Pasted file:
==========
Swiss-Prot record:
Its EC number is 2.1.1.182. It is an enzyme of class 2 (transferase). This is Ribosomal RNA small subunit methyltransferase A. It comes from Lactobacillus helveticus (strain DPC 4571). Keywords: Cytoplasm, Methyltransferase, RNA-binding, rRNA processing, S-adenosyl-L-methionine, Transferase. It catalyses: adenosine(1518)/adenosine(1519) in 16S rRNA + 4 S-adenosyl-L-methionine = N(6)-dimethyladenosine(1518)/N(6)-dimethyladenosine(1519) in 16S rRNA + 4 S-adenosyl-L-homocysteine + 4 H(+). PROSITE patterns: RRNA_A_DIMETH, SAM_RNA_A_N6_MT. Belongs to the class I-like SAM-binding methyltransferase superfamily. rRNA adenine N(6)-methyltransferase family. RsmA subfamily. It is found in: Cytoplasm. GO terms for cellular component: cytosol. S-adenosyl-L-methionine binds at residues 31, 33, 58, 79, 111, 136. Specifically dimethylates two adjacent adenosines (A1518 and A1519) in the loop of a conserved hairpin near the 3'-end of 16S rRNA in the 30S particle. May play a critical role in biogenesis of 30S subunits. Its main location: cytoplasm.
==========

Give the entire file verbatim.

Swiss-Prot record:
Its EC number is 2.1.1.182. It is an enzyme of class 2 (transferase). This is Ribosomal RNA small subunit methyltransferase A. It comes from Lactobacillus helveticus (strain DPC 4571). Keywords: Cytoplasm, Methyltransferase, RNA-binding, rRNA processing, S-adenosyl-L-methionine, Transferase. It catalyses: adenosine(1518)/adenosine(1519) in 16S rRNA + 4 S-adenosyl-L-methionine = N(6)-dimethyladenosine(1518)/N(6)-dimethyladenosine(1519) in 16S rRNA + 4 S-adenosyl-L-homocysteine + 4 H(+). PROSITE patterns: RRNA_A_DIMETH, SAM_RNA_A_N6_MT. Belongs to the class I-like SAM-binding methyltransferase superfamily. rRNA adenine N(6)-methyltransferase family. RsmA subfamily. It is found in: Cytoplasm. GO terms for cellular component: cytosol. S-adenosyl-L-methionine binds at residues 31, 33, 58, 79, 111, 136. Specifically dimethylates two adjacent adenosines (A1518 and A1519) in the loop of a conserved hairpin near the 3'-end of 16S rRNA in the 30S particle. May play a critical role in biogenesis of 30S subunits. Its main location: cytoplasm.